I often tell people that open source work can help get you experience. I want to relate two concrete examples.
Stan James is the creator of Outfoxed. His work gained some popularity in tech circles and soon Outfoxed began rising in the del.icio.us tags. Our CEO noticed it getting popular and looked into it. After learning about it, he contacted Stan and hired him.
Greg Yardley authors a blog. Through the various channels by which blogs get publicized, our CEO came across it and started reading it. He was impressed with Greg's writings and contacted him, ultimately hiring him.
These are very unconventional hiring methods. These are also key gorilla recruiting methods that can be highly successful. (It has not slipped my mind that googling me brings up many of my JavaRanch postings--which has gotten me some jobs as a book reviewer for some publishers, but that's it.) Don't expect large MNC to employ these tactics as a norm, but people in organizations large and small do look out on the internet and if something you do is visible, you may get noticed.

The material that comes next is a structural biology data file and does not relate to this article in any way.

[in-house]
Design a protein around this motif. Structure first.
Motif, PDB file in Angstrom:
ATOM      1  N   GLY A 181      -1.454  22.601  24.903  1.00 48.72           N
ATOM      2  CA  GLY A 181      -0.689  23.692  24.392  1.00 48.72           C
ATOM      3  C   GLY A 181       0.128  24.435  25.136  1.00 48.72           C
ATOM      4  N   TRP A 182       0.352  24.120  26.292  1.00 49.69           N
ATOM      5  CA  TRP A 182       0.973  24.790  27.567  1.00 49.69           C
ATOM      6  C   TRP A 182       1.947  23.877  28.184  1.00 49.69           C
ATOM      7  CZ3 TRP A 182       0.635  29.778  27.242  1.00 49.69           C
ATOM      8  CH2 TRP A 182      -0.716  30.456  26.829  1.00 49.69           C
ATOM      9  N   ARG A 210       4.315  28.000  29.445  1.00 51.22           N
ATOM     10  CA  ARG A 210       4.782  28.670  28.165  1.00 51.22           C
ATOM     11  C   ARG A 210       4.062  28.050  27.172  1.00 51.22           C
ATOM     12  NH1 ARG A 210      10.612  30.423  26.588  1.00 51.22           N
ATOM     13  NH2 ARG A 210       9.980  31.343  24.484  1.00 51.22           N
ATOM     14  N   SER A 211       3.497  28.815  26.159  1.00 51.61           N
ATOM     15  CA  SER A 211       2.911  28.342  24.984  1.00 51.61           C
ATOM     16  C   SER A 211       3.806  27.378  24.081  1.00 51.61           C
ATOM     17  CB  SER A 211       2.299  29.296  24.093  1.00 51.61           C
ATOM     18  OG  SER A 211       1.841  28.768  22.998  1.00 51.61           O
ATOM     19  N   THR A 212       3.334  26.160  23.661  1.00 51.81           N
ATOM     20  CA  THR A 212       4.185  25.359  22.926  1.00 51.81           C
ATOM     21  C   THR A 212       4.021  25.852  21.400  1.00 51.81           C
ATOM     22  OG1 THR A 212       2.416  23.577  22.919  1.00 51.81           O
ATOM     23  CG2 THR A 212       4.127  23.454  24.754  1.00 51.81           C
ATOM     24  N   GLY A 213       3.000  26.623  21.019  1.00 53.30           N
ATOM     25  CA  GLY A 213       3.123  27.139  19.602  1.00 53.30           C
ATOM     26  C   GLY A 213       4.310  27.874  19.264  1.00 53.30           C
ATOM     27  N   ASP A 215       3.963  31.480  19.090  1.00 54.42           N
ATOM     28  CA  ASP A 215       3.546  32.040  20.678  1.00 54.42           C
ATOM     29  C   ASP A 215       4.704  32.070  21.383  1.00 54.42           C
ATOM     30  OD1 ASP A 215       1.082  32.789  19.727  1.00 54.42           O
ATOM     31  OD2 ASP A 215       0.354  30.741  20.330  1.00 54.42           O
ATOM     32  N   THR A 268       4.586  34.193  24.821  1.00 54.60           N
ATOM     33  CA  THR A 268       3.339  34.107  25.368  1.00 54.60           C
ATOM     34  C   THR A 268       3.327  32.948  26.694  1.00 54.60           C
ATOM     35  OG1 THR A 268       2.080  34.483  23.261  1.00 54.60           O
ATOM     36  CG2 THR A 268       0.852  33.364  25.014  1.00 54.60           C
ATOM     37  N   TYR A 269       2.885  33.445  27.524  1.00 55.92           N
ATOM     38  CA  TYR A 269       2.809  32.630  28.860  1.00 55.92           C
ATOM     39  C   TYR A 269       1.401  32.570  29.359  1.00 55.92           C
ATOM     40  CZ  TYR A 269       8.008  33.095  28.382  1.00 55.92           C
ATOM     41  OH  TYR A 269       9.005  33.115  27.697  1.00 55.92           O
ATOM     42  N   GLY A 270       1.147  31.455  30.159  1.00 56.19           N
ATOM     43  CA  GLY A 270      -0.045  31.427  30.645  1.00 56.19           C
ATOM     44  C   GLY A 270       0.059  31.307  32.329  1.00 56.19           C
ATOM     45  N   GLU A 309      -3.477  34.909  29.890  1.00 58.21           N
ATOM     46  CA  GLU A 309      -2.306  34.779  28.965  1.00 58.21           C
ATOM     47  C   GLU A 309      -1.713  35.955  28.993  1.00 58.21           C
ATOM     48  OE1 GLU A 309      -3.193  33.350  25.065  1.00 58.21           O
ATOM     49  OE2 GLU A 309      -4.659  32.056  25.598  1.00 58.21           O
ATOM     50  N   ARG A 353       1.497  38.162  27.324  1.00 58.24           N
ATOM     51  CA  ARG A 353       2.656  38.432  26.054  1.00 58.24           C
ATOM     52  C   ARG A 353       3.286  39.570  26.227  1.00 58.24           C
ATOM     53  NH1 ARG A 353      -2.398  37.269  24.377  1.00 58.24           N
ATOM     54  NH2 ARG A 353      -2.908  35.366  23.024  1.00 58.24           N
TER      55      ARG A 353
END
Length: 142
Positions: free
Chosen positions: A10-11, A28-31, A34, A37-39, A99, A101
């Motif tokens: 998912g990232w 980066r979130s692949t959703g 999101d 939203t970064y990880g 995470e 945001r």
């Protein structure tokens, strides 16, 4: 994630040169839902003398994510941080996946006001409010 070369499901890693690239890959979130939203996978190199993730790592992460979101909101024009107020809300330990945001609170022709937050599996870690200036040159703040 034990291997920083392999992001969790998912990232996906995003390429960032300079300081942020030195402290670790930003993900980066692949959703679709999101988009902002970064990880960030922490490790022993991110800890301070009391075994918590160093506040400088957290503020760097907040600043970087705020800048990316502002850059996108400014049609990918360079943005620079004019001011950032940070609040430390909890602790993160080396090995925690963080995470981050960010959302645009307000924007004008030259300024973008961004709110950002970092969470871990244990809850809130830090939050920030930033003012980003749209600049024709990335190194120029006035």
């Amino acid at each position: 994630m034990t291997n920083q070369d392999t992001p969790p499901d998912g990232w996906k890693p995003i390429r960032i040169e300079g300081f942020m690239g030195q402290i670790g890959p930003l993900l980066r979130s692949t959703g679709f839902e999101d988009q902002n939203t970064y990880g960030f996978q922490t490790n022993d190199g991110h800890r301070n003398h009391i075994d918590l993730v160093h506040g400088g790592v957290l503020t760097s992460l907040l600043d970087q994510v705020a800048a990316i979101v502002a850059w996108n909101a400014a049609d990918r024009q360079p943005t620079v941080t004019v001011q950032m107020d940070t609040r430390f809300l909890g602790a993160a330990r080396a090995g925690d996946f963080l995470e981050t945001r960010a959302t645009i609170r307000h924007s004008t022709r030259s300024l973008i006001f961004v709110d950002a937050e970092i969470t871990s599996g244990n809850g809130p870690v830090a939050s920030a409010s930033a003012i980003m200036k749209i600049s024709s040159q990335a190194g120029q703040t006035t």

People who contribute in opensource are always in demand.In India there is a acute shortage of open source programmers.I have seen AOL,Yahoo!,Novel,Mcafee giving ads for months in newspapers for finding the people.
I have also got some assigments due to my site & some of the posts I have made here. Just for record!!
In fact my current company found me through some of the articles I have online on another site & through some of my work online. I also agree that if you're an active member of programmer community, you'd be noticed. Not many companies in India take the trouble though...